Prop 1: Houston bracing for another bloody ballot fight Tuesday

Houston, the fourth most populous city in the nation, is an old, bloody battleground for gays, something that has only intensified since it thrice elected lesbian Democrat Annise Parker as its mayor. But even as voters prepare to elect Parker’s successor November 3, the battle continues. And that’s why a comprehensive human rights ordinance to prohibit discrimination against a wide range of minorities in a wide range of places is focused squarely on its application to LGBT people and public bathrooms.

A “Yes” vote on Proposition 1 retains the Houston Equal Rights Ordinance (HERO); a “No” vote repeals it. Local television station KHOU reported Monday that “early voting” (allowed from October 19-30) has already seen heavy turnouts, nothing that between 17 percent and 20 percent “are not regular voters.” A KPRC 2 News poll October 12-14 found 45 percent would vote “Yes,” 36 percent “No,” 20 percent undecided, with a margin of error of plus-or-minus 4.5 percent. Most of those undecided voters, said a local university political science professor, will likely vote “No.”

In some ways, a close vote –even one that repeals the ordinance– could be seen as an improvement for Houston. In 1985, city voters rejected an effort to prohibit sexual orientation discrimination by a margin of four to one. And that ballot measure didn’t include the word “gay” and covered only city employment. In 2001, 52 percent of Houston voters amended the city charter to prohibit any “privilege” based on sexual orientation and to deny domestic partners of city employees the benefits provided to the spouses of married city employees.

Things changed dramatically two years later, when Houston elected a long-time lesbian Democratic activist, Annise Parker, as mayor, then re-elected her twice. After the U.S. Supreme Court ruled in U.S. v. Windsor that the federal government could not deny recognition to marriage licenses obtained by same-sex couples, Mayor Parker implemented a policy of providing equal benefits to Houston city employees who had gone to other states and obtained marriage licenses with their same-sex partners.

But opposition quickly mounted, and Parker responded by persuading the city council to hold public hearings. Ultimately, in May 2014, the Council passed a much more comprehensive law –the Houston Equal Rights Ordinance (HERO)— to prohibit discrimination in both the public and private sector employment, housing, and public accommodations based on “sex, race, color, ethnicity, national origin, age, familial status, marital status, religion, disability, sexual orientation, genetic information, gender identity, or pregnancy.”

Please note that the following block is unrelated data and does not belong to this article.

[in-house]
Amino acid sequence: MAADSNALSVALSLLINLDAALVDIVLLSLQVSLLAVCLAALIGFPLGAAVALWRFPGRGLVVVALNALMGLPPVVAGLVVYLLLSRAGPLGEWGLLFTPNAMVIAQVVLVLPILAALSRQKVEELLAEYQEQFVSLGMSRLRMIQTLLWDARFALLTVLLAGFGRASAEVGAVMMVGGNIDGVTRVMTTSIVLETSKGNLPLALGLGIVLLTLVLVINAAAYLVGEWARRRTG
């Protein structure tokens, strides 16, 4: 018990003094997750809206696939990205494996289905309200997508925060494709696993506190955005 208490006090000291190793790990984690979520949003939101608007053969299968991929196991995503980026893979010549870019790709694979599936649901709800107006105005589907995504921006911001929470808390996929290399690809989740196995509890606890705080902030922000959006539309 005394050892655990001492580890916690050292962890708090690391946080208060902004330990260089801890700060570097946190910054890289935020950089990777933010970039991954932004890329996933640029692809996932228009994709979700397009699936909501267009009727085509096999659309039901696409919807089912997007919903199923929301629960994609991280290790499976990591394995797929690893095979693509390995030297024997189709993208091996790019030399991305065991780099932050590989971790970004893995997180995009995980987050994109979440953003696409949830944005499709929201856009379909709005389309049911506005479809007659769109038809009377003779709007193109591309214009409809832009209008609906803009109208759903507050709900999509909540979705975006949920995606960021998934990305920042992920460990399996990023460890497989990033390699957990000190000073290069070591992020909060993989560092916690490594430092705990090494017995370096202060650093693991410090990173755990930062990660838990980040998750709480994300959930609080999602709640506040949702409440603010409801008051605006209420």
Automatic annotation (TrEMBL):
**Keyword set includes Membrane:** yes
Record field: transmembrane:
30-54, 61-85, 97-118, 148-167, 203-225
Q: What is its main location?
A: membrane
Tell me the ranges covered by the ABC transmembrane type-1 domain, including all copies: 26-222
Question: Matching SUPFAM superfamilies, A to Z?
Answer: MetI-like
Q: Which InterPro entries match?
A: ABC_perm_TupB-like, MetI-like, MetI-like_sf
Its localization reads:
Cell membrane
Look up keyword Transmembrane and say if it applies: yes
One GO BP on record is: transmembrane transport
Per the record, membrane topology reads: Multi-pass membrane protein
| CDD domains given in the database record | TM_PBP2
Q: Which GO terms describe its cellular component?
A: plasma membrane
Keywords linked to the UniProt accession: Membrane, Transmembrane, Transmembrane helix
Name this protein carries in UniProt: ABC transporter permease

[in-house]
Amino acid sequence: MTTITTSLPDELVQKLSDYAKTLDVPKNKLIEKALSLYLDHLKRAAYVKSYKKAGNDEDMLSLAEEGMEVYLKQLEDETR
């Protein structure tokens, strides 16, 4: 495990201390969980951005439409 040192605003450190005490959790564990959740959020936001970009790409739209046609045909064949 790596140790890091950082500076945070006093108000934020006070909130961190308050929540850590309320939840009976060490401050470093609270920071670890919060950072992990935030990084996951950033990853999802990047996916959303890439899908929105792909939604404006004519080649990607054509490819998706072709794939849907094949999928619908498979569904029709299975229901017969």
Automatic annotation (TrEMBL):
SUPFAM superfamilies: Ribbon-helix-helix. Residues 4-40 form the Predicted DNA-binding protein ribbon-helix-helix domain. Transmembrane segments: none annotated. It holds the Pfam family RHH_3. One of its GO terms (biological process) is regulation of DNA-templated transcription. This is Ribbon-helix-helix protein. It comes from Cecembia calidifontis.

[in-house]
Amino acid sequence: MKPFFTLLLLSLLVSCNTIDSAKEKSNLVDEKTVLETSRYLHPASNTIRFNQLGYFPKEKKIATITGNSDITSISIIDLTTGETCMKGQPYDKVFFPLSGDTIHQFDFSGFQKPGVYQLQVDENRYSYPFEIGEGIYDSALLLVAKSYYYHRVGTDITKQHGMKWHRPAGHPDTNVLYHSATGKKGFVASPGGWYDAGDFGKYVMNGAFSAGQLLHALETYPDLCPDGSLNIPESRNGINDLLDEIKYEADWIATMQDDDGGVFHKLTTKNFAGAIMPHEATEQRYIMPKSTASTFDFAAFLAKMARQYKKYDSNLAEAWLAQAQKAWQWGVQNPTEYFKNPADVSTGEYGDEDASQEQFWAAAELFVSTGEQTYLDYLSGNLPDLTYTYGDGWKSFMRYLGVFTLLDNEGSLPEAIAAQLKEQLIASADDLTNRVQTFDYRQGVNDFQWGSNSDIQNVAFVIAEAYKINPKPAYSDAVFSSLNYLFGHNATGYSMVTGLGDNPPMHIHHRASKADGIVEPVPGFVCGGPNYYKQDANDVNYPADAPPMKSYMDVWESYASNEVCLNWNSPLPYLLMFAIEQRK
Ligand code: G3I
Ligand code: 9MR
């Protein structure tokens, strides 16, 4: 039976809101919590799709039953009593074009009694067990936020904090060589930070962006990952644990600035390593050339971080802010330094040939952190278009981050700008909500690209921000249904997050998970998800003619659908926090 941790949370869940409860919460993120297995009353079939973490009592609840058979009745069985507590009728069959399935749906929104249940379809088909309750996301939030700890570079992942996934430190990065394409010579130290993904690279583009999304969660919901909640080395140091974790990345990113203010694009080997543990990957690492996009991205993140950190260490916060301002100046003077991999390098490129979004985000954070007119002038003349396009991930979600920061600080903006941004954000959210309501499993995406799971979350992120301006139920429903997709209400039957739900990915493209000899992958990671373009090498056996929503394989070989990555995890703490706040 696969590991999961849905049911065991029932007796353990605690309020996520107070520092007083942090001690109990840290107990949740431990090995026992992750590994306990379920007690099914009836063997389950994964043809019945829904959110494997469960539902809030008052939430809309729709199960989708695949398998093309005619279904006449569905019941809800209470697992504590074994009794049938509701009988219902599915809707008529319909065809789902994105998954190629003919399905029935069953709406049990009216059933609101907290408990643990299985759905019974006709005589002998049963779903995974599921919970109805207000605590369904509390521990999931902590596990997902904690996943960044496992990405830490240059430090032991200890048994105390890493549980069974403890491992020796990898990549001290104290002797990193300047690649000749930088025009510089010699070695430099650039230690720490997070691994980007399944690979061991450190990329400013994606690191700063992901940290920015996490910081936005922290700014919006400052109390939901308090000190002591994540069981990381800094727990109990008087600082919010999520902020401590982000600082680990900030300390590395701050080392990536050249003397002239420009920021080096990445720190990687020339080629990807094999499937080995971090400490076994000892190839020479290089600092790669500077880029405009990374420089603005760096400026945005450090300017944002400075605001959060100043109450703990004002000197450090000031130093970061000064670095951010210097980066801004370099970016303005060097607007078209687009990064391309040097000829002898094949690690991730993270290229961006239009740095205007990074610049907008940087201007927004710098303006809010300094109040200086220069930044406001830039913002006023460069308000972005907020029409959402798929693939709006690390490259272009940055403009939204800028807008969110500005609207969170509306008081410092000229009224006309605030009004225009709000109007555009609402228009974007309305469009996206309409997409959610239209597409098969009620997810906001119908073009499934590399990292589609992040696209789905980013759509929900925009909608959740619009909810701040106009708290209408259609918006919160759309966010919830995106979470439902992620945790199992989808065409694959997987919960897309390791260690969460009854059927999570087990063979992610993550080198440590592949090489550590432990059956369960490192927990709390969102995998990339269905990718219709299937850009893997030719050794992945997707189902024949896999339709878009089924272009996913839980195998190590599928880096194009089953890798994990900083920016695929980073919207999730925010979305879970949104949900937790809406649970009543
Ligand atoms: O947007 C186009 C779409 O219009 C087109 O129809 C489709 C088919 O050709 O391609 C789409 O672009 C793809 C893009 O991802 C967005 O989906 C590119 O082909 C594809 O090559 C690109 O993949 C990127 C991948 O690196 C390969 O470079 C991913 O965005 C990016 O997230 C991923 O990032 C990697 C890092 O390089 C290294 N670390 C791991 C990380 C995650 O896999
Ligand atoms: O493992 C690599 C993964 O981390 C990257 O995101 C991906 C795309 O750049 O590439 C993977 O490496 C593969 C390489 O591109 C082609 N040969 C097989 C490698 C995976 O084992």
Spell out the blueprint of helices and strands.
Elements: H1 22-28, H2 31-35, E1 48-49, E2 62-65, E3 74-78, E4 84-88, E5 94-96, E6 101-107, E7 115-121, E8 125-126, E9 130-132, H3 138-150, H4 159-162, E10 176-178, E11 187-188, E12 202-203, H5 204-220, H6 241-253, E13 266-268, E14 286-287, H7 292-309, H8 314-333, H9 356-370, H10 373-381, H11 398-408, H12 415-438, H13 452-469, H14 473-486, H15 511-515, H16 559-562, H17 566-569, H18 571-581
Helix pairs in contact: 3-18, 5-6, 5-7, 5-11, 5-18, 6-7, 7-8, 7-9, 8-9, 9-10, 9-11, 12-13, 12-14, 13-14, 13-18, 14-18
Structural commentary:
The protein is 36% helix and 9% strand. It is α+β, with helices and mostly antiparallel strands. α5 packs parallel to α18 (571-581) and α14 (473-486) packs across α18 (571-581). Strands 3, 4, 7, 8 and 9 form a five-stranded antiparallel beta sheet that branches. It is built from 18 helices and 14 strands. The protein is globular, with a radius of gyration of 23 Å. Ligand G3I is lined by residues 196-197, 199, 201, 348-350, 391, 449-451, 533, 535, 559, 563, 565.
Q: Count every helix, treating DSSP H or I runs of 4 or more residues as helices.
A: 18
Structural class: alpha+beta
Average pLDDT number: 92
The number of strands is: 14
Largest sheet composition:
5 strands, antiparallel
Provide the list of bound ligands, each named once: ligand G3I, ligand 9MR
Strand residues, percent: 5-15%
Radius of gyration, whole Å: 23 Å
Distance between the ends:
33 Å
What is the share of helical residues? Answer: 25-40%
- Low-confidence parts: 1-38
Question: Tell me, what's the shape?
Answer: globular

For opponents, it’s all about gender identity and public accommodations:

The Campaign for Houston website calls HERO “The Bathroom Ordinance” and warns it will enable men to claim to be women to enter ladies’ restrooms. And its latest ad, in grainy black and white, shows a young girl going into a women’s restroom and entering a stall. As she does, a man dressed in men’s clothing, exits the stall next to hers and steps inside the stall where the girl is standing.

Supporters of the ordinance have tackled the bathroom argument head-on. One video ad shows a retired Houston police officer “and father of four girls” telling viewers, “It’s already illegal for men to go into women’s restrooms to harass or harm someone.” Plus, they’ve come up with their own powerful argument: If Houston repeals this ordinance, the city could lose opportunities to attract major employers and host big events, like the Super Bowl.

A vice president for the Dow Chemical Company, which employs 13,000 people in the Houston area, wrote an editorial saying the HERO ordinance is “necessary to keep attracting top-notch talent….”

Even the White House has gotten involved. White House spokesman Jeff Tiller issued a statement Thursday saying, “the President and Vice President have been strong supporters of state and local efforts to protect Americans from being discriminated against based on who they are and who they love. We’re confident that the citizens of Houston will vote in favor of fairness and equality.”

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